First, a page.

Alexander Shlemenko admits he was too confident heading into fight with Tito Ortiz

Following his defeat to Tito Ortiz in a light heavyweight bout earlier this year, Bellator middleweight champion Alexander Shlemenko returns to the Bellator cage on Friday night as he will defend the 185 pound title against Brandon Halsey.

Jason Floyd - The MMA Report
Jason Floyd – The MMA Report

When Shlemenko (50-8) steps into the cage on Friday night at Bellator 126, it will have been 132 days since he was submitted by Ortiz at Bellator 120.

The defeat snapped a thirteen fight winning streak and it was his first submission defeat since 2006, when Ronaldo “Jacare” Souza submitted him at Jungle Fight 6 by an arm-triangle choke, the same move used by Ortiz.

When is comes to the defeat to Ortiz, Shlemenko admitted that he came into the fight with too much confidence and Ortiz capitalized on a mistake he made in the fight.

“I came to my fight with Tito Ortiz being too confident,” Shlemenko said. “I thought as though I already beat him. I came in there as a winner. I didn’t think that Tito could do anything to me whatsoever. I underestimated him. I stopped following the game plan and made a mistake, which allowed Tito to get a good position. And Tito is a very experienced fighter – he took advantage of my mistake right away, and I lost. I decided to fight Tito because at that moment I had a chance to fight only against him. For me Tito has always been and still is a legend. And I’m glad that I got a chance to fight against him, even though I lost, because it is a great experience for me.”

Following the defeat, many people in the mixed martial arts community questioned the decision by Shlemenko and Bellator to make the fight with Ortiz. One of the thoughts people had following the fight was that Shlemenko had lost all the momentum he had gain over the past couple of years, but the Russian fighter believes he did not lose any momentum.

“I don’t think I lost any momentum with the fans from this loss,” Shlemenko explained. “Maybe for people who don’t like me for some reason, I gave them an excuse; a chance to point out this loss. I think I gained a lot of experience against Tito, but I can’t say for sure. I know that I’m a completely different fighter after the Tito bout, but the only way to prove that is with my next bout against Brandon Halsey.”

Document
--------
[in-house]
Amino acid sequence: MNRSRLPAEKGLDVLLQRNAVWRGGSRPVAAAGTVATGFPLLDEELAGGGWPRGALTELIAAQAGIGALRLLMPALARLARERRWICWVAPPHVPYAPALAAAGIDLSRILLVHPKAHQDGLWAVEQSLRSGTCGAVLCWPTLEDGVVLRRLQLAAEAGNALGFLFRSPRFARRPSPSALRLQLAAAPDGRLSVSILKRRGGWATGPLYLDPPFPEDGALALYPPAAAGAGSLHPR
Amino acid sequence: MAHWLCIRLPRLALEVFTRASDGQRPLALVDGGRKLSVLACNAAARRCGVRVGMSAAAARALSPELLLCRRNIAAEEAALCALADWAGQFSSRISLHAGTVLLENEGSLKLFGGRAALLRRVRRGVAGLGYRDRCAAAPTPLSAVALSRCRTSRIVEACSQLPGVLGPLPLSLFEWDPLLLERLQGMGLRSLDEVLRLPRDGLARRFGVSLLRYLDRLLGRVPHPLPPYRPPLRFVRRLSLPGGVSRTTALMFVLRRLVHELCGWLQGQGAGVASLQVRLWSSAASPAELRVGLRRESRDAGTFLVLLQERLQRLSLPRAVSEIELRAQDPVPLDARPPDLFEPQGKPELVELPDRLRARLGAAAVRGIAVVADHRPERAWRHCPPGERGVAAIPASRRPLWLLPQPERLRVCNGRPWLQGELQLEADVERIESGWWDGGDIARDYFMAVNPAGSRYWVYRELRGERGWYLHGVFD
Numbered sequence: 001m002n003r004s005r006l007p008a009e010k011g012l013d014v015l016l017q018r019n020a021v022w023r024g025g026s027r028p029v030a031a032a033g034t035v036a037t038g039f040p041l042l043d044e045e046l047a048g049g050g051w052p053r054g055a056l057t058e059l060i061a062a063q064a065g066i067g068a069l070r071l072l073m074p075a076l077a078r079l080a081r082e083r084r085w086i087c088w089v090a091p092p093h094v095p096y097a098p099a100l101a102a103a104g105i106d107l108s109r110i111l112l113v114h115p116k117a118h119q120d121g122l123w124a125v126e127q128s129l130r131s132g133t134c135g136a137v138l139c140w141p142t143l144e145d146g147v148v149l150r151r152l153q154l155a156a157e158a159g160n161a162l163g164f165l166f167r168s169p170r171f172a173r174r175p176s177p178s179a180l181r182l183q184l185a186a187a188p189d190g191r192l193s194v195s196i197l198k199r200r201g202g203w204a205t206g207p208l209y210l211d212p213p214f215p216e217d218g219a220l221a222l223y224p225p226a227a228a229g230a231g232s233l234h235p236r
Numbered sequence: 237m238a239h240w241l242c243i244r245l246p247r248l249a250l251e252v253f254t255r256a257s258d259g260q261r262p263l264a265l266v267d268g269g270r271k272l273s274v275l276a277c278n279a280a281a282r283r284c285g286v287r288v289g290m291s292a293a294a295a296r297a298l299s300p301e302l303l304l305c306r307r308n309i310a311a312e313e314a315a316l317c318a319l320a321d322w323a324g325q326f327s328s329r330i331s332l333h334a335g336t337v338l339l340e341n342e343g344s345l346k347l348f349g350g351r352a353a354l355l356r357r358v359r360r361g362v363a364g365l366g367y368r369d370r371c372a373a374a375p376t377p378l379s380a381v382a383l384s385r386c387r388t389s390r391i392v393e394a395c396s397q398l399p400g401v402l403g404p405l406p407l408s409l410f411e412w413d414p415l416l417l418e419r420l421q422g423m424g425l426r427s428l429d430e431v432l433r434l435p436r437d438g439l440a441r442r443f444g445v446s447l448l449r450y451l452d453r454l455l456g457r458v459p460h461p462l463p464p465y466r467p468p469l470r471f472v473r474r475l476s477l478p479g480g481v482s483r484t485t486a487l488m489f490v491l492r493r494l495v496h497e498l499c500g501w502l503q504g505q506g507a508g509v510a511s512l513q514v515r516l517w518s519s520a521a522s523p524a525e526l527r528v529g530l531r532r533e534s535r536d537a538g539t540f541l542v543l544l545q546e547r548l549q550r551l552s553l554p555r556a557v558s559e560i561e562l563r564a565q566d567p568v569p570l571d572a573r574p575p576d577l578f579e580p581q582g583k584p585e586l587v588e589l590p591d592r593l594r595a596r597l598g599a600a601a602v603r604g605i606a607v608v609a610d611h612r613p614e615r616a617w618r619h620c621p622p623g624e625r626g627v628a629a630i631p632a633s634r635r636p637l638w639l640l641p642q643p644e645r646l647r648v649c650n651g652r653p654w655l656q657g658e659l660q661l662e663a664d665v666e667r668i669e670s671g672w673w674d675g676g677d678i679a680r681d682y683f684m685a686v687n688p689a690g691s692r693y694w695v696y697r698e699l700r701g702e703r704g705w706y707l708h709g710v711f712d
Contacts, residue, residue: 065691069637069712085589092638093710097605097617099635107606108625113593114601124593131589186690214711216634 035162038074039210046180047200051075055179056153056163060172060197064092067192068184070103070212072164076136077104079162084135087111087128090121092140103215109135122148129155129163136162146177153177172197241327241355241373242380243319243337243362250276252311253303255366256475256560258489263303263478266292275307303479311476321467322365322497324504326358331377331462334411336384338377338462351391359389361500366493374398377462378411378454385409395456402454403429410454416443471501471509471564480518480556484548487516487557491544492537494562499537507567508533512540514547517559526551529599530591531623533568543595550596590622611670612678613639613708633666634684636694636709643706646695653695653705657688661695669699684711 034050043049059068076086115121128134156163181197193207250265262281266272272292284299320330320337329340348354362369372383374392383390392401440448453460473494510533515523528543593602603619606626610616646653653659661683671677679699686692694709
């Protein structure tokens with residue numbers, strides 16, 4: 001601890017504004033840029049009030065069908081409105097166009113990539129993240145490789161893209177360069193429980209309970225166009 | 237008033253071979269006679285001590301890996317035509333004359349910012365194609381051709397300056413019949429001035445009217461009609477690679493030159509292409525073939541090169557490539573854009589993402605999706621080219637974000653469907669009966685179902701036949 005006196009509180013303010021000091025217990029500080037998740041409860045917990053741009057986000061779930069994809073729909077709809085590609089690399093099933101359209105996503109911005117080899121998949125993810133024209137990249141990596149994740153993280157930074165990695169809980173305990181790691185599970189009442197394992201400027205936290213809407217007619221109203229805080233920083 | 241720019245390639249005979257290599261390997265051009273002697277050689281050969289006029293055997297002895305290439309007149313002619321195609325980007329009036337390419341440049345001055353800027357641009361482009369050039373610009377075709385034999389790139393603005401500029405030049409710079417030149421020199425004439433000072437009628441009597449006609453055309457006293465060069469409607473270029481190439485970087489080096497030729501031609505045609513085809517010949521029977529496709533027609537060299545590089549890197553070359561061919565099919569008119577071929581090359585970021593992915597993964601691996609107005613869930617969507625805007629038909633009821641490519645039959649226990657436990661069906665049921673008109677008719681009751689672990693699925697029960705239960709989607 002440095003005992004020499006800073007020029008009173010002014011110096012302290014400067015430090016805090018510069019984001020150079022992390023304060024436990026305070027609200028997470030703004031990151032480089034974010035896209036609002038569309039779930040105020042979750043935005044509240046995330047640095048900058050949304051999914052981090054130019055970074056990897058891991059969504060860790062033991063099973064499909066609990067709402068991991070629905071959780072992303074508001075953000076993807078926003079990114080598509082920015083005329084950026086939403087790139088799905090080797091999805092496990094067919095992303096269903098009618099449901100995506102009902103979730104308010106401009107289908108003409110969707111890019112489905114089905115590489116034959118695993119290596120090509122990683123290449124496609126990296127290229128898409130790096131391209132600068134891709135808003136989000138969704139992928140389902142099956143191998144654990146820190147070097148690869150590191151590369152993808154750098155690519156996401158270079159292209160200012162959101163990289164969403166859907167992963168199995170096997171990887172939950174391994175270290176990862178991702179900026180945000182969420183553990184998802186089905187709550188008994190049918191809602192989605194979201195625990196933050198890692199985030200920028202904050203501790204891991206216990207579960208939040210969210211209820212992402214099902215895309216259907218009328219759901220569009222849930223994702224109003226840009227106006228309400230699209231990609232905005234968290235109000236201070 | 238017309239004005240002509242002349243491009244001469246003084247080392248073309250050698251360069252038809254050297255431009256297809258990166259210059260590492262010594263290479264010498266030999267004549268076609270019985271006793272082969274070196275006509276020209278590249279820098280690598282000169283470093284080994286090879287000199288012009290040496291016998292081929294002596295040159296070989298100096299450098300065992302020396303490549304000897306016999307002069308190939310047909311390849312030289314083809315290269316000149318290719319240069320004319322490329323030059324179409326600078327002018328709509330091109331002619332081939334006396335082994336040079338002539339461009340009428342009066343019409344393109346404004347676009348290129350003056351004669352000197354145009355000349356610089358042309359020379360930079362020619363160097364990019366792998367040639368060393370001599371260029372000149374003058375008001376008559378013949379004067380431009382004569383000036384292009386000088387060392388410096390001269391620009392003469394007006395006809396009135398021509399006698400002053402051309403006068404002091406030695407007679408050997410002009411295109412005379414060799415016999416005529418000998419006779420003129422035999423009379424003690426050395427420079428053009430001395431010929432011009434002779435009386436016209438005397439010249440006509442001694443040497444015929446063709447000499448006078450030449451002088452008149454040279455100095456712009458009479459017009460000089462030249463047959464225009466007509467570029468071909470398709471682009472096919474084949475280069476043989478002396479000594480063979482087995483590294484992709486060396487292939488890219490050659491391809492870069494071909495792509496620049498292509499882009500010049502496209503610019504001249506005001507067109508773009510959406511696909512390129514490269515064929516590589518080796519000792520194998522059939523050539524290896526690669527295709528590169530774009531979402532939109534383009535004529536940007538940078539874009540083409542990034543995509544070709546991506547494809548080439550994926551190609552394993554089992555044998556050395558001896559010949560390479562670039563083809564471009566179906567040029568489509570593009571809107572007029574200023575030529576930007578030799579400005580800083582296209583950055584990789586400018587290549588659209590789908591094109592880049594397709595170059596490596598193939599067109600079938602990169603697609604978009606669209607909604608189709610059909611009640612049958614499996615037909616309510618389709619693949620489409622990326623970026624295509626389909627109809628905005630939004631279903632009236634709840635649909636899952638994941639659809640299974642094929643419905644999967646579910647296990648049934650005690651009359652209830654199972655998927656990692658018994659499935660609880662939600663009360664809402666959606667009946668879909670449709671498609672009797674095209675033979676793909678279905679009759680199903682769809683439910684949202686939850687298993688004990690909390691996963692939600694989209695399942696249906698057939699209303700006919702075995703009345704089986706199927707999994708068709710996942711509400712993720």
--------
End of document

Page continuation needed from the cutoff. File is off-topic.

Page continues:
Shlemenko now must move forward and that begins in Friday night when he meets Halsey, who the two fighters have previous trained together at HB Ultimate in Southern California. Halsey secured this title shot by winning the Season Ten Tournament earlier this year and Shlemenko knows exactly what his opponent excels at.

“I think my next opponent, Brandon Halsey, is a good fighter. His record speaks for itself,” he said. “He’s very big for a middleweight and a very good wrestler. But because he doesn’t have vast experience, I feel that’s the only hole that he needs to fill. He has been very successful thus far in his career.”

“I don’t think Brandon Halsey will risk trying to stand up and strike with me. I feel he will not try to fight with me standing, though I would be glad if he would. Whether I will try to exploit my opponent’s weakness depends on who the opponent is. There are many variables to take into account. In some cases I can engage them at their strongest but it just depends on who I am facing.”

“One good fighter can beat another good fighter regardless of opinions on their particular strengths and weaknesses — that’s for sure. Brandon Halsey is a better wrestler than I am and I know that I must work on every aspect of my game – there is no other way. I have a lot of work to do.”

Shlemenko is known as a fighter that will finish fights and three of his last four wins have come by stoppage, including a submission win in his last title defense against Brennan Ward. While there may be some fighters that try to win on points, that is not Shlemenko’s style as he will be looking to a finish against Halsey.

“When I return to the Bellator cage once again, I think that fans will see a spectacular, flashy fight,” Shlemenko explained. “And they will see what they like about my fights — I fight to win. I don’t try to win on points. I don’t try to stall or to win every round. I don’t try to fight safe. I come in there and I try to finish my opponent no matter what.”